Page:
NYC
04/20/2011 12:38 pm ET Updated Dec 06, 2017

Hakeem Jeffries Wants Bill To Prevent Brokers From Creating More 'Pro-Cro's

Naming New York neighborhoods is a traditional free-for-all and it's no secret that real-estate brokers shamelessly rebrand areas to make them more attractive to potential renters, buyers and gentrifiers (think "East Williamsburg" aka Bushwick).

Most recently, Gothamist sent some reporters to Crown Heights to ask residents how they felt about a new name being pushed on the Brooklyn neighborhood--ProCro--in an obvious attempt by real estate businesses to attract new clientele with the lure of the richer, cleaner, less crime-ridden neighboring Prospect Heights. They find people not very happy about the new name (or at least not too happy with the reporter):

And at least one state official has had enough.

The New York Times reports that Brooklyn Democrat and State Assemblyman Hakeem Jeffries is pushing legislation that would require new neighborhood names to be approved by Community Boards, City Council and the Mayor. His bill would also seek to punish brokers who advertise properties located in unofficial, made-up neighborhoods.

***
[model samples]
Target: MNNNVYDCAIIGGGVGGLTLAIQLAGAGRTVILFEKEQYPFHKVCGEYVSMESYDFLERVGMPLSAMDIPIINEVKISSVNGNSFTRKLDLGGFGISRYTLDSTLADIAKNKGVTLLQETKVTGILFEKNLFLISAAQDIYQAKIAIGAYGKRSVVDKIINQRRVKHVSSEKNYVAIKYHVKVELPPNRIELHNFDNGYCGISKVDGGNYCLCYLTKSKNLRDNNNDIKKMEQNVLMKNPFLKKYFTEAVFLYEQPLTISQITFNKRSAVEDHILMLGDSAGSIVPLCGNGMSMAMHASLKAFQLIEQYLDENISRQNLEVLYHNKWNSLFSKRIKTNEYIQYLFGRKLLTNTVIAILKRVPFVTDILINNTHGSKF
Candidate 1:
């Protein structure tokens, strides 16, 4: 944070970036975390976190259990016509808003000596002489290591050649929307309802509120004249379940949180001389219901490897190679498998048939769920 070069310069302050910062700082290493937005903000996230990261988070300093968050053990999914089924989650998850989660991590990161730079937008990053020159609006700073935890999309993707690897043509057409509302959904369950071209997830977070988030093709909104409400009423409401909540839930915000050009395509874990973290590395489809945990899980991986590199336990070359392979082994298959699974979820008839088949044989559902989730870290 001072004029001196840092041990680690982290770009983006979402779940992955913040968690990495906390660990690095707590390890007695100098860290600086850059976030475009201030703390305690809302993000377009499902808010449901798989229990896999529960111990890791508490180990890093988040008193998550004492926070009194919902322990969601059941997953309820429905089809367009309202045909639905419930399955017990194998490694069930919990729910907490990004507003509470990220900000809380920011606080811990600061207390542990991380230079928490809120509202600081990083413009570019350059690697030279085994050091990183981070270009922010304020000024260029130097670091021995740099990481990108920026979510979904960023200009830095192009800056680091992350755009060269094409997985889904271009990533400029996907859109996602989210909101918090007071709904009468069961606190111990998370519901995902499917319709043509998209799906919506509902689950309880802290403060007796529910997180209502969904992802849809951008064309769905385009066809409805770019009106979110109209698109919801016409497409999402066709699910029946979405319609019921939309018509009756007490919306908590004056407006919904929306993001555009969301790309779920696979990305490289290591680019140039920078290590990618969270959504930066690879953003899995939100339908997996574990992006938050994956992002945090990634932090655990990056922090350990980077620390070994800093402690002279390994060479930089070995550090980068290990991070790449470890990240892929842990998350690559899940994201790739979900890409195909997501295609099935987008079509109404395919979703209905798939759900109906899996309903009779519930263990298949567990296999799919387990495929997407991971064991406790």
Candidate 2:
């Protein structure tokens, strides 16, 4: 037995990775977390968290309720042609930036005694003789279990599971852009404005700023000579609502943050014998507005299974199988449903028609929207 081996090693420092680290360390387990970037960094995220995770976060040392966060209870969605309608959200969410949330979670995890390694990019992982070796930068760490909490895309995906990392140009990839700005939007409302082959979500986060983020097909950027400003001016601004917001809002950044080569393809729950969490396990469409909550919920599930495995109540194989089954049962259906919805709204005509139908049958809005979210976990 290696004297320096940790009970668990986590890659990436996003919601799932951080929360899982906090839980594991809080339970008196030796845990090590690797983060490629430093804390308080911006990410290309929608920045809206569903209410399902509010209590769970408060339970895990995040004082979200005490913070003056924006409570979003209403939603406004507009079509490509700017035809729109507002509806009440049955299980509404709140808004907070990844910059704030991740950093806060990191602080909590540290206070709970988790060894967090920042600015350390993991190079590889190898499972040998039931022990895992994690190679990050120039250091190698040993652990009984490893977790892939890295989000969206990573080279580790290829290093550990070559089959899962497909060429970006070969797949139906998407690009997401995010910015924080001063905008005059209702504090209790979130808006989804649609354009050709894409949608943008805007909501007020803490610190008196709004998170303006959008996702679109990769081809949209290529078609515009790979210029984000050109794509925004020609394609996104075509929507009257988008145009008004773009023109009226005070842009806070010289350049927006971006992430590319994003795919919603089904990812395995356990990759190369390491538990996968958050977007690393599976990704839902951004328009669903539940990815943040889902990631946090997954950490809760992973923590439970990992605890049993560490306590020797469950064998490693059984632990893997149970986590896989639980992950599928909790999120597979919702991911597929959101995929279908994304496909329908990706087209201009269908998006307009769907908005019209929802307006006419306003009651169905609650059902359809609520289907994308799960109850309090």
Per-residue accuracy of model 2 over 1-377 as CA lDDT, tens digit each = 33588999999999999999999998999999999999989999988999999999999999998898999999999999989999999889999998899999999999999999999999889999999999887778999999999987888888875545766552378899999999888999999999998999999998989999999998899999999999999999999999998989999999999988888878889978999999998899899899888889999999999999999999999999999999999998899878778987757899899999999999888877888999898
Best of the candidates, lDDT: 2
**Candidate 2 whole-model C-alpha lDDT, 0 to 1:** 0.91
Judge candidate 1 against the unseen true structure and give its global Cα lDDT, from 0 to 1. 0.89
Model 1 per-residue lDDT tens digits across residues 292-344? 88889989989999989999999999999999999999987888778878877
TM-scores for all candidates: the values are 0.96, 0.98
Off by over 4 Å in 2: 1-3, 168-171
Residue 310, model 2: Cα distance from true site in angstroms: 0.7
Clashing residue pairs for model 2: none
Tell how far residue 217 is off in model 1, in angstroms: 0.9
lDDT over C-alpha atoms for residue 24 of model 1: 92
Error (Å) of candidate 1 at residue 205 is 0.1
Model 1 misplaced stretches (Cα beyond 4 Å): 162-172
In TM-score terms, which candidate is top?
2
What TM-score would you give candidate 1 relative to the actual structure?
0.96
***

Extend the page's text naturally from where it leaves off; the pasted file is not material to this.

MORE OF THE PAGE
"It's the Wild West in New York City right now," he told the Times. "Brokers are allowed to essentially pull names out of thin air in order to rebrand a neighborhood and have the effect of raising rents or home prices."

And while it's understandable that he's angry, it will probably prove too much to legislate something as unofficial as neighborhood nicknames--especially considering that borders constantly change and that demographics are always in flux.

It's also important to remember that neighborhood names are not always the work of real estate brokers but sometimes the communities themselves (think Hudson Heights distinguishing itself from Washington Heights).

Joey Arak over at Curbed seems to get it right:

Would accepted portmanteaus like SoHo and TriBeCa have made the community board cut way back when? Given what we know about our local leaders and their eternal grumpiness about everything, probably not. Can we imagine a world where this actually becomes law? We cannot. Can we imagine a world where valuable time is wasted debating this issue by an inept state government? Can do!